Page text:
(2) Detention operations involve the detainment of a population or group that pose some level of threat to military operations.
(3) Security and mobility support is a MP discipline conducted to protect the force, noncombatants, and preserve the commander's freedom of action.



Military Intelligence









The purpose of intelligence is to support commanders and staffs in gaining situational understanding of threats, terrain and weather, and civil considerations. Intelligence is the product resulting from the collection, processing, integration, evaluation, analysis, and interpretation of available information concerning foreign nations, hostile or potentially hostile forces or elements, or areas of actual or potential operations. Intelligence is both a process and a function that enables the Army to conduct unified land operations. Intelligence is inherently JIIM and leverages the intelligence enterprise. The Army focuses its intelligence effort through the intelligence warfighting function. The intelligence warfighting function systematically answers requirements to support unified land operations. This effort provides information and intelligence to all of the warfighting functions and directly supports the exercise of mission command throughout the conduct of operations.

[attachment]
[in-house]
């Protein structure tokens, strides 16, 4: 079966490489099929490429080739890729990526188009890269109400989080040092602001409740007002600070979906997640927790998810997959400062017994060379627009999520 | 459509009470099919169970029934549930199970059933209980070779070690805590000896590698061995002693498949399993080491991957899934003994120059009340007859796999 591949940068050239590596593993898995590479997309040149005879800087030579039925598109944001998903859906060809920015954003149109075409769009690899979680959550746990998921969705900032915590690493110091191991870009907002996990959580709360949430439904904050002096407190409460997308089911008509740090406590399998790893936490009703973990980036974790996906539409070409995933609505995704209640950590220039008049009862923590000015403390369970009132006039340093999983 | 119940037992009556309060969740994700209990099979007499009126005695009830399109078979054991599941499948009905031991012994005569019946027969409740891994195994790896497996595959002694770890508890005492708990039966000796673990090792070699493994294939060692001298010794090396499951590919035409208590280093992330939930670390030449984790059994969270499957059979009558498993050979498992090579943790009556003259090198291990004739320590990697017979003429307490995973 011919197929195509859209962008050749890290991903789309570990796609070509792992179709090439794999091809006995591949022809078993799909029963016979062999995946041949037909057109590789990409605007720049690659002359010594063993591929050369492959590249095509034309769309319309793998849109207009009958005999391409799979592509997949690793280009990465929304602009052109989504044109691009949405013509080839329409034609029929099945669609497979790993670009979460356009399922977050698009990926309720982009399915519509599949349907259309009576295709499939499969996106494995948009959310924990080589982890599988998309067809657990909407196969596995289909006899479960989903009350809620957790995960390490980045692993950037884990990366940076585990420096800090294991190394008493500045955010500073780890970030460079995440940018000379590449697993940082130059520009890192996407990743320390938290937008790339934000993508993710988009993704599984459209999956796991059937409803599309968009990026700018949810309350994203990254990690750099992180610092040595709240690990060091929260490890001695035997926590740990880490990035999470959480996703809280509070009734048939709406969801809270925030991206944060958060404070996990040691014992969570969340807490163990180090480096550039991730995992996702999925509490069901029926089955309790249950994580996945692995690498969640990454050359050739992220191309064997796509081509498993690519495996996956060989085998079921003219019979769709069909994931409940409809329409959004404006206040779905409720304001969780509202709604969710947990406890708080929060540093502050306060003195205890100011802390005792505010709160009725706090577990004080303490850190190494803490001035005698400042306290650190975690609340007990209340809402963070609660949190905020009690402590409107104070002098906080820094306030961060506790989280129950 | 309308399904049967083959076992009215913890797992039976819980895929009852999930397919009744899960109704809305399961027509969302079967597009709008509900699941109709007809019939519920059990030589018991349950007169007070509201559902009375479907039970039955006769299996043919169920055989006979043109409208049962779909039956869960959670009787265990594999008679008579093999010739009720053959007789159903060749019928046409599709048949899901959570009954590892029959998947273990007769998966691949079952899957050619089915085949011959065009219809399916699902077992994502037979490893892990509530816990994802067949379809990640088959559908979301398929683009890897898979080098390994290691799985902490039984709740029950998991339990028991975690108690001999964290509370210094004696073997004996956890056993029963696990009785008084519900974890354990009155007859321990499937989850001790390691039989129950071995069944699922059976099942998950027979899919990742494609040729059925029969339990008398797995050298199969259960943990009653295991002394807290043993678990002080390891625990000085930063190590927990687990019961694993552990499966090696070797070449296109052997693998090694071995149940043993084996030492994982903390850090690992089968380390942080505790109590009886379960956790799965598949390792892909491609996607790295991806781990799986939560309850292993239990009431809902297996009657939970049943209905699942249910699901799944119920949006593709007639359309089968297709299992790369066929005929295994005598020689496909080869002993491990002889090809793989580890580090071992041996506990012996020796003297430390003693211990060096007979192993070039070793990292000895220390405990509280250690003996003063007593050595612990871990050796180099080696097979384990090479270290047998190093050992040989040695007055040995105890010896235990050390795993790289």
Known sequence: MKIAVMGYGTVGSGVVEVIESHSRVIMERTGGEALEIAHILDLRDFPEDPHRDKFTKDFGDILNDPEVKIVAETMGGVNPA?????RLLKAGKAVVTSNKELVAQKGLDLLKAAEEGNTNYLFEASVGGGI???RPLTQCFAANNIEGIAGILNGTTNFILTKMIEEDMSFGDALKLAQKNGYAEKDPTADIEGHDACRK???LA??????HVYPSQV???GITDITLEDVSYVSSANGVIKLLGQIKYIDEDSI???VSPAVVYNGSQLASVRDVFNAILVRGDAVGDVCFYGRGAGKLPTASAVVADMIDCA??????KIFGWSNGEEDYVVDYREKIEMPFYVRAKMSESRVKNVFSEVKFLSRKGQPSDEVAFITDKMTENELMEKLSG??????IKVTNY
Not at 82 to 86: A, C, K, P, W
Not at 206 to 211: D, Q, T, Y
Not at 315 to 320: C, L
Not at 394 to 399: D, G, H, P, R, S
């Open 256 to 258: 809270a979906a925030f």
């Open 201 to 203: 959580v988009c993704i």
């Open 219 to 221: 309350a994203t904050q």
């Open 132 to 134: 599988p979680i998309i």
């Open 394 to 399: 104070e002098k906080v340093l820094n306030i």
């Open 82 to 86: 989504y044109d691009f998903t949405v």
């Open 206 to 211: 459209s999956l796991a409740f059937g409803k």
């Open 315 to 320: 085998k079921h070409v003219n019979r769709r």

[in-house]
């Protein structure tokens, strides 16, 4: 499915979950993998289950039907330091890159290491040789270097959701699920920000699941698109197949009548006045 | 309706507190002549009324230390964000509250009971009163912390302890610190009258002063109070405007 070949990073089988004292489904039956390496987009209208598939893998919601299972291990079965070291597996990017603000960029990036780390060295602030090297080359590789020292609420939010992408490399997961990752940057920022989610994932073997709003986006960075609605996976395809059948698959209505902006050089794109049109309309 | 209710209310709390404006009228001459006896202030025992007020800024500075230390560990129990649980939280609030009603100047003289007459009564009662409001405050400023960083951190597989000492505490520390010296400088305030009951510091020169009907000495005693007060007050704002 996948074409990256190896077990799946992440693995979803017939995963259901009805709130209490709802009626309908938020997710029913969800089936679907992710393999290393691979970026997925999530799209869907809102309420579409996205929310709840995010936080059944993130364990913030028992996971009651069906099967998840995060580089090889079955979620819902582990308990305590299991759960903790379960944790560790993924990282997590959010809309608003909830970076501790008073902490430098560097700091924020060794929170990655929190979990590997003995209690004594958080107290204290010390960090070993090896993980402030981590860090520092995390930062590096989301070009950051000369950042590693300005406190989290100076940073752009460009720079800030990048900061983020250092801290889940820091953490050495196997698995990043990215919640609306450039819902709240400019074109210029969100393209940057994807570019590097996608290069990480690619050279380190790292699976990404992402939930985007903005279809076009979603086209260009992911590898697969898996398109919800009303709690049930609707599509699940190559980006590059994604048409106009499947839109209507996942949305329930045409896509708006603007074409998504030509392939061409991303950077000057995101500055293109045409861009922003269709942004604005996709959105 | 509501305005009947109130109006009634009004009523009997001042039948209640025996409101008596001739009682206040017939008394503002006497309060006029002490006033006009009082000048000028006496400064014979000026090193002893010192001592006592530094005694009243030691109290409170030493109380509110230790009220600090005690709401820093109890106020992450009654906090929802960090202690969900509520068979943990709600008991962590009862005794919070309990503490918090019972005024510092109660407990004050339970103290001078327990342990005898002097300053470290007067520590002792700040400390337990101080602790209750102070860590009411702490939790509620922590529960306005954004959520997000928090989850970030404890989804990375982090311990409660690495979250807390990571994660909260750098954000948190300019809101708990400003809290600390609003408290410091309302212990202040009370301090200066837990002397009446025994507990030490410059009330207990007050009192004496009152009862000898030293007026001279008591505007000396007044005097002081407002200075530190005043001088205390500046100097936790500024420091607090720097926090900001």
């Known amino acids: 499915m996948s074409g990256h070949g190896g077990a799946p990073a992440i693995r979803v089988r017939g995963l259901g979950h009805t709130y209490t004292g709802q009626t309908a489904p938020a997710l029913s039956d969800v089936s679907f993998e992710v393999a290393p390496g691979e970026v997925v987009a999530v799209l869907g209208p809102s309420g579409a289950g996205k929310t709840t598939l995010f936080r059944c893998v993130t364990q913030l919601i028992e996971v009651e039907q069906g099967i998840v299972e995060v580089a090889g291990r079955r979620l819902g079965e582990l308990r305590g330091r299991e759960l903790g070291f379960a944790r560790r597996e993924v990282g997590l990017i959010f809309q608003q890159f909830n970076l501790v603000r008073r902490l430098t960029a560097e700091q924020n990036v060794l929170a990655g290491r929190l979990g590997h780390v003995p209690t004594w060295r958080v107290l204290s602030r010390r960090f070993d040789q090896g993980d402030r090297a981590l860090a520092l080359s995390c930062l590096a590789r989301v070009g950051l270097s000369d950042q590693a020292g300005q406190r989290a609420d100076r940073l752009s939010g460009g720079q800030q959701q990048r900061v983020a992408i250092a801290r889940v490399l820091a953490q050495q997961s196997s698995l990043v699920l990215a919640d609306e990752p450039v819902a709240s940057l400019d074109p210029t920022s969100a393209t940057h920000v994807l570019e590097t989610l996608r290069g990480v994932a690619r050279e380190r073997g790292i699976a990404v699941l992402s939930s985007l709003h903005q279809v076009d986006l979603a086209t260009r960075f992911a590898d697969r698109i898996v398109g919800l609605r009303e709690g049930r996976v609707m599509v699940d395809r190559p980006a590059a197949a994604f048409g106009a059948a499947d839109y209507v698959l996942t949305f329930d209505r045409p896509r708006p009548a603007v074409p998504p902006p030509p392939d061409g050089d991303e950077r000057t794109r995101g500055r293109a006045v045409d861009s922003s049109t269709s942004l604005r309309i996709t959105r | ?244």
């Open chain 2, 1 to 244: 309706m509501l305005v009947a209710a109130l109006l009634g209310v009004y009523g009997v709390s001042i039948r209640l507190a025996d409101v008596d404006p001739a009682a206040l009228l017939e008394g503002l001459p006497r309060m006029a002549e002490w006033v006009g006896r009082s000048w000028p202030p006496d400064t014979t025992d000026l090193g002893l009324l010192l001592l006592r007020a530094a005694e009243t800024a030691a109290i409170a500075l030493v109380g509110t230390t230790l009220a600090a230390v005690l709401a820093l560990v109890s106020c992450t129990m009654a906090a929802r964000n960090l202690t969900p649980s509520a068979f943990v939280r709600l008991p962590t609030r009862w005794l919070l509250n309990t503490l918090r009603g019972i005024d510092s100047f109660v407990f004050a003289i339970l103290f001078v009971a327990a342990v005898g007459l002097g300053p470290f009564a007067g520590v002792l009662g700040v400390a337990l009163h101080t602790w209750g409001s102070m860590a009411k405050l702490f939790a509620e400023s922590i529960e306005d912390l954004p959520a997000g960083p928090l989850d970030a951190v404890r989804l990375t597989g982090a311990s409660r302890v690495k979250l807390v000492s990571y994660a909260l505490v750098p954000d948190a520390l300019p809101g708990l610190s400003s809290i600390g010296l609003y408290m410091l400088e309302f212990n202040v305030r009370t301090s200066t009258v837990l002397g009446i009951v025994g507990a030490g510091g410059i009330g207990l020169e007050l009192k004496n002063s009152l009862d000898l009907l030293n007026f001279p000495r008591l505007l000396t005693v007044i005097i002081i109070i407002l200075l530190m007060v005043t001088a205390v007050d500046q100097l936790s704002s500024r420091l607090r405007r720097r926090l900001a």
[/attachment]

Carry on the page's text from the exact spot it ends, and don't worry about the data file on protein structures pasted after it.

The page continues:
Army Cyber







Army Cyber Warfare directs and conducts cyberspace and information operations as authorized or directed, to ensure freedom of action in and through cyberspace, and to deny the same to our adversaries.



Signal Corps








Signal Corps (BR 25) is a branch within the operational support functional category. Signal officers command and lead units that provide, operate, and defend the Army's portion of the cyberspace domain (the LandWarNet) consisting of telecommunications and computer networks, information services (to include visual information), and the electromagnetic spectrum (EMS) at all levels, from sustaining military bases to global strategic communication facilities to forward deployed fighting forces in support of unified land operations. Signal officers conduct or support operations that plan, integrate, synchronize, coordinate, and/or direct activities that ensure freedom of action in and through cyberspace and EMS. Signal warrant officers provide in-depth technical expertise and leadership to operations in cyberspace that ensure network and information system availability, information protection, and information delivery.